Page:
|The total number of malware samples targeting smart devices has reached more than 7,000, with over half of these emerging in 2017. — VNS Photo Courtesy of Kaspersky.|
HCM CITY — The total number of malware samples targeting smart devices has reached more than 7,000, with over half of these emerging in 2017, according to Kaspersky Lab’s researchers.
Smart devices such as smartwatches, smart TVs, routers, and cameras are connecting to each other and building the growing Internet of Things (IoT) phenomenon, a network of devices equipped with embedded technology that allows them to interact with each other or the external environment.
Because of the large number and variety of devices, the IoT has become an attractive target for cyber criminals. By successfully hacking IoT devices criminals are able to spy on people, blackmail them, and even discreetly make them their partners in crime.
Kaspersky Lab’s experts have conducted research into IoT malware to examine how serious the risk is.
They have set up honeypots – artificial networks, which simulate the networks of different IoT devices to observe malware attempting to attack their virtual devices.
Attacks using known and previously unknown malicious samples started almost immediately after the honeypot set up.
Most of the attacks registered by the company’s experts targeted digital video recorders or IP cameras (63 per cent ), and 20 per cent of hits were against network devices, including routers, and DSL modems.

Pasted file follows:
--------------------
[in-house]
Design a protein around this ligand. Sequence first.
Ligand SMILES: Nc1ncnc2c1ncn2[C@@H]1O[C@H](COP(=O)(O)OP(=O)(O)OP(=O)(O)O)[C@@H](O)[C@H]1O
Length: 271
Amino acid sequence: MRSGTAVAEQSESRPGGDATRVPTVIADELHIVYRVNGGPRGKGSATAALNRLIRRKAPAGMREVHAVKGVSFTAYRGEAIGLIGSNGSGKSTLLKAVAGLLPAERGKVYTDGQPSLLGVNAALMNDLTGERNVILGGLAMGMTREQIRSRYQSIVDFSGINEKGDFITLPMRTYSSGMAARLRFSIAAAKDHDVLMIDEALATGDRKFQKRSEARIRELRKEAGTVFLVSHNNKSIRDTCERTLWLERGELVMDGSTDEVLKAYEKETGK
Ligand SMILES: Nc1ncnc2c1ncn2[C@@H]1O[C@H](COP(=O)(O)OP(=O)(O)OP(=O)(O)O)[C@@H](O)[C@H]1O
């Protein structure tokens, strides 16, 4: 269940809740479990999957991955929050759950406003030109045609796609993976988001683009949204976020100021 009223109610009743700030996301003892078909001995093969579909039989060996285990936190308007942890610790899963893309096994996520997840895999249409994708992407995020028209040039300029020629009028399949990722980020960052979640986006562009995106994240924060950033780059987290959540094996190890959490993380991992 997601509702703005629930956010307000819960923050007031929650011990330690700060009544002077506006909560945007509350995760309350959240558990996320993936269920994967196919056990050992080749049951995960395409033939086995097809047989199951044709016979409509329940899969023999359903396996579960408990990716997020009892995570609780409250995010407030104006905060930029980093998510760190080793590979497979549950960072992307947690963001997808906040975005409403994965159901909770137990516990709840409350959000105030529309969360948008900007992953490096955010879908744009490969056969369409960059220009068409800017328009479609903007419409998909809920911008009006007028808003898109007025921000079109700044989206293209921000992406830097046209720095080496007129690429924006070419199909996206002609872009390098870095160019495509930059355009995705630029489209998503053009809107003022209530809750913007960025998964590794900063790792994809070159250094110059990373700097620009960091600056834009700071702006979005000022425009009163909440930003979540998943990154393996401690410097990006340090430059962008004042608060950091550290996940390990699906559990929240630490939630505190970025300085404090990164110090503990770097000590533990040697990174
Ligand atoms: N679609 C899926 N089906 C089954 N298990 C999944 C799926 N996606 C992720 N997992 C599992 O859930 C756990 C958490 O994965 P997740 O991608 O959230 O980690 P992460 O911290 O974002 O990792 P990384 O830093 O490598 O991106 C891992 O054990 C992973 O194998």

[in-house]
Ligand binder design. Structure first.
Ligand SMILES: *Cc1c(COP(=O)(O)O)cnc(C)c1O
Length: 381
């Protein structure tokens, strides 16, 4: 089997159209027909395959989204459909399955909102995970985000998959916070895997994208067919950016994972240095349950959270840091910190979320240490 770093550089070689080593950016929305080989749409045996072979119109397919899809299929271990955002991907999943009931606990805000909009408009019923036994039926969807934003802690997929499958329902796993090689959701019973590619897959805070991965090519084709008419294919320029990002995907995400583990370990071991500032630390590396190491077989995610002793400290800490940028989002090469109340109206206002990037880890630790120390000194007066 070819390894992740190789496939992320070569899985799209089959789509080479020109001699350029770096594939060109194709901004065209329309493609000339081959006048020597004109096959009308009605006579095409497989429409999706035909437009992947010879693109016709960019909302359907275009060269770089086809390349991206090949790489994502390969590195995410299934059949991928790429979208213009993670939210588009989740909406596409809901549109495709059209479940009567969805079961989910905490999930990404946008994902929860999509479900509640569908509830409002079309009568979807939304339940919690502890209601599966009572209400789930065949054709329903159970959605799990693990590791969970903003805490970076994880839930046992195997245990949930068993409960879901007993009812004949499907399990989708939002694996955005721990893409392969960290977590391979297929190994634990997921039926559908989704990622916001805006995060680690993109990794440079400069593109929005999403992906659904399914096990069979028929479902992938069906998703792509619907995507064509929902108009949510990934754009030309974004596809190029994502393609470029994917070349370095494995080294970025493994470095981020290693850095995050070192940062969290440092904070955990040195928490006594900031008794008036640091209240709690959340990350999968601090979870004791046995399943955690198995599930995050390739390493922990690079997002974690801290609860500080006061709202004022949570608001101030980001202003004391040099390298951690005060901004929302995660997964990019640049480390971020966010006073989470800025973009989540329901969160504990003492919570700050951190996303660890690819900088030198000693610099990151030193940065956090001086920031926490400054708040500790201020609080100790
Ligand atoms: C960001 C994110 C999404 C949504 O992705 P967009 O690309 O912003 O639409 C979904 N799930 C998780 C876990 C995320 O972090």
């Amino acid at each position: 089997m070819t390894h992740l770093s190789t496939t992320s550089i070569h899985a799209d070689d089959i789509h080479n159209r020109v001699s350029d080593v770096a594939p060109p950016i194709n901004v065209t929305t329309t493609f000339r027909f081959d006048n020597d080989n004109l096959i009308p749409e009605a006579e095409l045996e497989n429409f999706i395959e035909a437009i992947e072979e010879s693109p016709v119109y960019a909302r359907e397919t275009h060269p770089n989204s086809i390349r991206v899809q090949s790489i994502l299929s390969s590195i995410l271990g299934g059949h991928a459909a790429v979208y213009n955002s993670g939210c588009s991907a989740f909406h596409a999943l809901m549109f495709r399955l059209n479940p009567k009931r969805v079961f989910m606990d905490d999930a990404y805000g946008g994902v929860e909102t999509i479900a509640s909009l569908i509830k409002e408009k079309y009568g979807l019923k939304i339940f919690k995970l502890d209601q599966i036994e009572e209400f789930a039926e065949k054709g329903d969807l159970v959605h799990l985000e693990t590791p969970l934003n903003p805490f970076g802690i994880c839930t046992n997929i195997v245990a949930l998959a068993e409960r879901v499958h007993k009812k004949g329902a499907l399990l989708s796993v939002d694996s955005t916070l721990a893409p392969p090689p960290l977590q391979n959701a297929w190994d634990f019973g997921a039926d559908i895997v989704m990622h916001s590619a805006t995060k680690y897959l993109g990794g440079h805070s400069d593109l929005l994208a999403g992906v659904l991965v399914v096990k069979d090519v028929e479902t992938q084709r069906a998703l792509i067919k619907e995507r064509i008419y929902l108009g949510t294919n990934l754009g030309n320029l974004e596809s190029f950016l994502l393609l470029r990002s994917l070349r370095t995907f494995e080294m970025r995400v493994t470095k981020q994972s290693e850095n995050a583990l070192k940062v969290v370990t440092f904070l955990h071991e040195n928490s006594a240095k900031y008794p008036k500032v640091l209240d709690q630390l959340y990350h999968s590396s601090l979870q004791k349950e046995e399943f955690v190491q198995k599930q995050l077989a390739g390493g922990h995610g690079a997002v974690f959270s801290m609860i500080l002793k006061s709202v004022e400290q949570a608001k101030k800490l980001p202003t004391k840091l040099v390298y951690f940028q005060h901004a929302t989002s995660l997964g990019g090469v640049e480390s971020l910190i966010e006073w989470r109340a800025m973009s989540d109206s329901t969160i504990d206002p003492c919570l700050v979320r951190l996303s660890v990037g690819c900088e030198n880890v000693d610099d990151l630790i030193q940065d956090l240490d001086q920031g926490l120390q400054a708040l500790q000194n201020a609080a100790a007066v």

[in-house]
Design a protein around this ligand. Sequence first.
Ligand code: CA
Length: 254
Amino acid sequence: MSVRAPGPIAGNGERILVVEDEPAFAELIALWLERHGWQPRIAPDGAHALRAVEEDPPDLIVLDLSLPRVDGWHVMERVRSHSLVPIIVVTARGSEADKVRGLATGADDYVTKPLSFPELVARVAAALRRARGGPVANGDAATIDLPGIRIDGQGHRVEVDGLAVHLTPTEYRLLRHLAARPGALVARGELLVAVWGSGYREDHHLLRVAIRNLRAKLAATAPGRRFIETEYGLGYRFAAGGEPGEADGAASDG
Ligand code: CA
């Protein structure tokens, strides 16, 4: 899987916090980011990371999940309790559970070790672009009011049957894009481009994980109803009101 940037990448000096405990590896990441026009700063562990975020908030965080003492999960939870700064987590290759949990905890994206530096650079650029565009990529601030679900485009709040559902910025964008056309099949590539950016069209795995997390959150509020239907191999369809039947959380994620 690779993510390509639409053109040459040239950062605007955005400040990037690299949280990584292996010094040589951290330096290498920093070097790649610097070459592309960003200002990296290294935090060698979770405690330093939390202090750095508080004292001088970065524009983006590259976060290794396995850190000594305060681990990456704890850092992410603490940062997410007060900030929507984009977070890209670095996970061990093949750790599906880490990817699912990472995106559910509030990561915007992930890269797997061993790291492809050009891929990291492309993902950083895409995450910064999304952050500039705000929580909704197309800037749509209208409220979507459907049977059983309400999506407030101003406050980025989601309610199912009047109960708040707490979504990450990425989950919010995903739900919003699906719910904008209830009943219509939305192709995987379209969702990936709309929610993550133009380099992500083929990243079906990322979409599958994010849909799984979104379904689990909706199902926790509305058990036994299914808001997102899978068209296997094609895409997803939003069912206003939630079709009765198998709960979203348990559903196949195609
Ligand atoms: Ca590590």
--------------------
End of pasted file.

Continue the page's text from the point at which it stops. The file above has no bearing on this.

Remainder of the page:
China (17 per cent), Việt Nam (15 per cent), and Russia (8 per cent) emerged as the top three countries with attacked IoT devices.
According to experts, the reason behind the rise is simple: the IoT is fragile and exposed in the face of cybercriminals.
The vast majority of smart devices are running operating systems based on Linux, making attacks on them easier because criminals can write generic malicious code that targets a huge number of devices simultaneously.
According to industry experts, there are already more than six billion smart devices across the globe. Most of them do not even have a security solution, and their manufacturers usually do not produce any security updates or new firmware.
To protect devices, Kaspersky Lab security experts advise that users should not access their device from an external network if not needed.
Besides, all network services that are not needed should also be disabled, the default password should be changed and a new one set before the device is used, and the device’s firmware should be regularly updated to the latest version if possible. — VNS